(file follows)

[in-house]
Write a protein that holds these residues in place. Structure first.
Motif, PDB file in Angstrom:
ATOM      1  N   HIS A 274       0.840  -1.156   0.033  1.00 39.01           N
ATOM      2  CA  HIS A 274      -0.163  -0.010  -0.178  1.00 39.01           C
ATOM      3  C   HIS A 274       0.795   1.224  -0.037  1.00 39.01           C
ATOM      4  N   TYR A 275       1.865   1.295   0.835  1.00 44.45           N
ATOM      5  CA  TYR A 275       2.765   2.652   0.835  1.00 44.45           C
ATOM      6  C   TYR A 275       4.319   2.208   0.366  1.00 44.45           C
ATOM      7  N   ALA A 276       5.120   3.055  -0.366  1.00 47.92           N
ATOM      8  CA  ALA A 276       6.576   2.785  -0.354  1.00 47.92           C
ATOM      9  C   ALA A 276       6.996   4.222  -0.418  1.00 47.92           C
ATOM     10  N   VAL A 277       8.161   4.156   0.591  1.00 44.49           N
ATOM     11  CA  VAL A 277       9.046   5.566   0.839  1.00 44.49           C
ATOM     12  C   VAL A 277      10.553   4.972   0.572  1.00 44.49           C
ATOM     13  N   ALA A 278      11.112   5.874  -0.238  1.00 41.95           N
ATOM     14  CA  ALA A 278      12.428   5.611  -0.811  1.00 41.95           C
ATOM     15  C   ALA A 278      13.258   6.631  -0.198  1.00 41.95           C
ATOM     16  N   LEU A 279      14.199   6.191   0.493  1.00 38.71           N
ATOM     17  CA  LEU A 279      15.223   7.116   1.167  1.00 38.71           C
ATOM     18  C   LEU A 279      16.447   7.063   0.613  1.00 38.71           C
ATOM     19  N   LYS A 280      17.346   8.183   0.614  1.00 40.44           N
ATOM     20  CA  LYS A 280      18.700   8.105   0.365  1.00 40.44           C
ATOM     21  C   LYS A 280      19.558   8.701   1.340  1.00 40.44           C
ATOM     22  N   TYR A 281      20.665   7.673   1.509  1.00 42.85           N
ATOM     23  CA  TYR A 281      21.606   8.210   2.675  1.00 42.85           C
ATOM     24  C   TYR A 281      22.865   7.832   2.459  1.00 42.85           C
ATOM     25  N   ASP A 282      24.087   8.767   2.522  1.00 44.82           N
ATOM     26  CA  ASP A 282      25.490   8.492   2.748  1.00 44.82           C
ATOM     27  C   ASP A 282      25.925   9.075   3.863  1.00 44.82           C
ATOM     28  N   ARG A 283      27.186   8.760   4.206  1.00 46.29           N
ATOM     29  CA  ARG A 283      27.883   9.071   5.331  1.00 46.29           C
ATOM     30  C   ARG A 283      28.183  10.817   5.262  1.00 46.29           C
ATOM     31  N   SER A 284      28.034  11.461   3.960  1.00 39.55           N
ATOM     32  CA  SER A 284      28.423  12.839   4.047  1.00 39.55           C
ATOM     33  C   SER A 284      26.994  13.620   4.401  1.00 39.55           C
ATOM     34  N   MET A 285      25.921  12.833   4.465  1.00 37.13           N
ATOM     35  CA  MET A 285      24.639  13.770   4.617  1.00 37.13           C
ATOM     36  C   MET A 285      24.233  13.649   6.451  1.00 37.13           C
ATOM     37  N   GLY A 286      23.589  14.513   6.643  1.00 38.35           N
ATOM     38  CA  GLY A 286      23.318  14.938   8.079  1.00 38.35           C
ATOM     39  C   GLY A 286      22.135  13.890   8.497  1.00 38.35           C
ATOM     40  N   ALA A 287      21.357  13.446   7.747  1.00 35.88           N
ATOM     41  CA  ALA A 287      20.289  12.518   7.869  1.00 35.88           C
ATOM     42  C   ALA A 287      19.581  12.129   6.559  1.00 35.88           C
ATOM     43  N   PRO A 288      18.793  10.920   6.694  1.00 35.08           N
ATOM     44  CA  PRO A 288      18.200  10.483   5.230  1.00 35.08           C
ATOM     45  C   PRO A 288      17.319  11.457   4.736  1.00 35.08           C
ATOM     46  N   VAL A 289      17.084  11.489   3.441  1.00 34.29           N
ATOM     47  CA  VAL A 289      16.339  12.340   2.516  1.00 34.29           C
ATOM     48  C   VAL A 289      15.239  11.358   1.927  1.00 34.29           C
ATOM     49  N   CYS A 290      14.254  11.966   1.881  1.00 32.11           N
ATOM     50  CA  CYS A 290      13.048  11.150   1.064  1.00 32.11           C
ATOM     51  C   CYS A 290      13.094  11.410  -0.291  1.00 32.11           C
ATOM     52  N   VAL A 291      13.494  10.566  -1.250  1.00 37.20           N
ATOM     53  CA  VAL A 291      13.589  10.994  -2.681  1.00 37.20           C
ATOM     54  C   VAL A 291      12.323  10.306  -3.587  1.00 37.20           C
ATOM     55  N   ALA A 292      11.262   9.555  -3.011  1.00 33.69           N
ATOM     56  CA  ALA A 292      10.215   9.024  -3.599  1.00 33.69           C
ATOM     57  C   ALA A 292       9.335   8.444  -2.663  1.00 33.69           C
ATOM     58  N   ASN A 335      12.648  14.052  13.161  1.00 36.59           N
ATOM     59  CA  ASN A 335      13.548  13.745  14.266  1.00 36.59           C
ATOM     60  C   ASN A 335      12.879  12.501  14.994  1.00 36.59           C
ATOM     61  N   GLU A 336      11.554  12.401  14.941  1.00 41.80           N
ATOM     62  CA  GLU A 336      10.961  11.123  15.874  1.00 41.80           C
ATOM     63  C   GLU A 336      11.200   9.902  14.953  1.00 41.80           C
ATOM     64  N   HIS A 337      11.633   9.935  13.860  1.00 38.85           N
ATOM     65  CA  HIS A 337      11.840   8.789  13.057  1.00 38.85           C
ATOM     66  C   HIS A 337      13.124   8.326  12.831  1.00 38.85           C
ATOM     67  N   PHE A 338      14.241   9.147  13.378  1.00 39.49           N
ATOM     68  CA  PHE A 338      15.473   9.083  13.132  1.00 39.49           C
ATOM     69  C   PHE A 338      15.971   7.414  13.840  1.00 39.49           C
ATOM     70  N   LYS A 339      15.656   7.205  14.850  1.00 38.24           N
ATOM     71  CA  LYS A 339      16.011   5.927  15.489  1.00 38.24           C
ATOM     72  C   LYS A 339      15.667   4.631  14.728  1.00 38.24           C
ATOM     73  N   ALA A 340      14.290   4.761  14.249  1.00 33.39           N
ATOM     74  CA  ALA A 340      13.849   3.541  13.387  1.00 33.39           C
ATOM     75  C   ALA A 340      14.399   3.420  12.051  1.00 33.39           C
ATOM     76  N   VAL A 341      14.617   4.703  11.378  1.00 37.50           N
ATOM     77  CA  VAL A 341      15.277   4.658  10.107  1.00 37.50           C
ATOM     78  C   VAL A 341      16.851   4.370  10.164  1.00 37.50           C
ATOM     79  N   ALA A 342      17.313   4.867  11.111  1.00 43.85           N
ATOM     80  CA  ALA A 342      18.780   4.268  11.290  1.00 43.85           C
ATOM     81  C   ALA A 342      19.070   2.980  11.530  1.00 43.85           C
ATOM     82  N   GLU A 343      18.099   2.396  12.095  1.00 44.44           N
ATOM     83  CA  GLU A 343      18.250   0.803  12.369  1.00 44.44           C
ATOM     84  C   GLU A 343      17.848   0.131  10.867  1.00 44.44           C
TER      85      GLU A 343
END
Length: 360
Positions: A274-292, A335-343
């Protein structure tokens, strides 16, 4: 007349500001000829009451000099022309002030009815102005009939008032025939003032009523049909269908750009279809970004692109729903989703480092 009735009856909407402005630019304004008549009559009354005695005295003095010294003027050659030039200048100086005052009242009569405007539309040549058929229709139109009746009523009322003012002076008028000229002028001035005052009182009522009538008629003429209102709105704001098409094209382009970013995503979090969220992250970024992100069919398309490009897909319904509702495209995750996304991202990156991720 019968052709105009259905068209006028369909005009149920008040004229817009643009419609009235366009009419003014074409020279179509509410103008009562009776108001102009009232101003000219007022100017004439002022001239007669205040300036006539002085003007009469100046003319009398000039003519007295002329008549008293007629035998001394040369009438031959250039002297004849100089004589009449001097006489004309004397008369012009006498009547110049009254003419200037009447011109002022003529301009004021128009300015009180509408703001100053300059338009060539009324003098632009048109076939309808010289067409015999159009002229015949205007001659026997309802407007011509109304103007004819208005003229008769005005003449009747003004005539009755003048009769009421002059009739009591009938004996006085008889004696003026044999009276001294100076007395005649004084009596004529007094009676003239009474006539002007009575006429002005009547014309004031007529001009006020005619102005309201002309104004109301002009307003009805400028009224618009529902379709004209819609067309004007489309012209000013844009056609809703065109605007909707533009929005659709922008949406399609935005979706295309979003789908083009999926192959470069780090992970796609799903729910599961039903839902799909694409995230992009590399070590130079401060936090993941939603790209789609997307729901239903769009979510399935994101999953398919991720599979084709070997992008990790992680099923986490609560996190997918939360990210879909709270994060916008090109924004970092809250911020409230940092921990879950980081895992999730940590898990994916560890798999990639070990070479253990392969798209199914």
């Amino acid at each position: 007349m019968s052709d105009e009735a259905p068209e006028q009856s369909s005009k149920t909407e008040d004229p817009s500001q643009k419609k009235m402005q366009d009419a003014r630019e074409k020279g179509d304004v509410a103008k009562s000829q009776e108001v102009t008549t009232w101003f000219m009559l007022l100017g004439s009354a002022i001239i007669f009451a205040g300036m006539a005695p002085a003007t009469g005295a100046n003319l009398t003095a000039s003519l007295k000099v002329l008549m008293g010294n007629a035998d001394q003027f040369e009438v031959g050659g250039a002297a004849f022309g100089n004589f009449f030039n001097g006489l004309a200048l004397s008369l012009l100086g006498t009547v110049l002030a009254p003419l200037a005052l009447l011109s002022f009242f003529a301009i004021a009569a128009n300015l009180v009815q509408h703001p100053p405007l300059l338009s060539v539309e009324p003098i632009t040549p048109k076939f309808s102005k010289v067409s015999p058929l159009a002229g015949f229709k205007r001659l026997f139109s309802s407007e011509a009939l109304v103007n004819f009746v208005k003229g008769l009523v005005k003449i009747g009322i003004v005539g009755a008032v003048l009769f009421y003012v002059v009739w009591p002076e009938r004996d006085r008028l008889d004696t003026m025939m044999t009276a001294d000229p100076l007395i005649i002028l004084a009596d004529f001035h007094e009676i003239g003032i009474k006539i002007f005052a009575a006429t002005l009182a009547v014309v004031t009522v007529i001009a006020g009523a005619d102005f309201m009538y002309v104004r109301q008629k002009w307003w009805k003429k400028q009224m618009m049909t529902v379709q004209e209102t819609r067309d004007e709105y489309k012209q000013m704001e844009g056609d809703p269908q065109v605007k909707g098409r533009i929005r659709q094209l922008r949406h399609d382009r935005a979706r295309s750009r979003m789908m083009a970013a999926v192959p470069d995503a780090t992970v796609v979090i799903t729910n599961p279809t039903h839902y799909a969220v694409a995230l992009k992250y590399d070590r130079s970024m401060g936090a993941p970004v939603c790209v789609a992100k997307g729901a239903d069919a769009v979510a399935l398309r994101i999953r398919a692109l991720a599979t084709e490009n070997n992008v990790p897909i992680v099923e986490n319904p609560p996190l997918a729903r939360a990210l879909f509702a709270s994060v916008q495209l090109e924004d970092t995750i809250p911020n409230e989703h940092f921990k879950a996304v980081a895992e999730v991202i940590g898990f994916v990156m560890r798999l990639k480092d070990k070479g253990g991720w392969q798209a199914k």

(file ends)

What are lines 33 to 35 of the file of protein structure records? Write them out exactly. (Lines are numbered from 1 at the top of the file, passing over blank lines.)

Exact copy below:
ATOM     30  C   ARG A 283      28.183  10.817   5.262  1.00 46.29           C
ATOM     31  N   SER A 284      28.034  11.461   3.960  1.00 39.55           N
ATOM     32  CA  SER A 284      28.423  12.839   4.047  1.00 39.55           C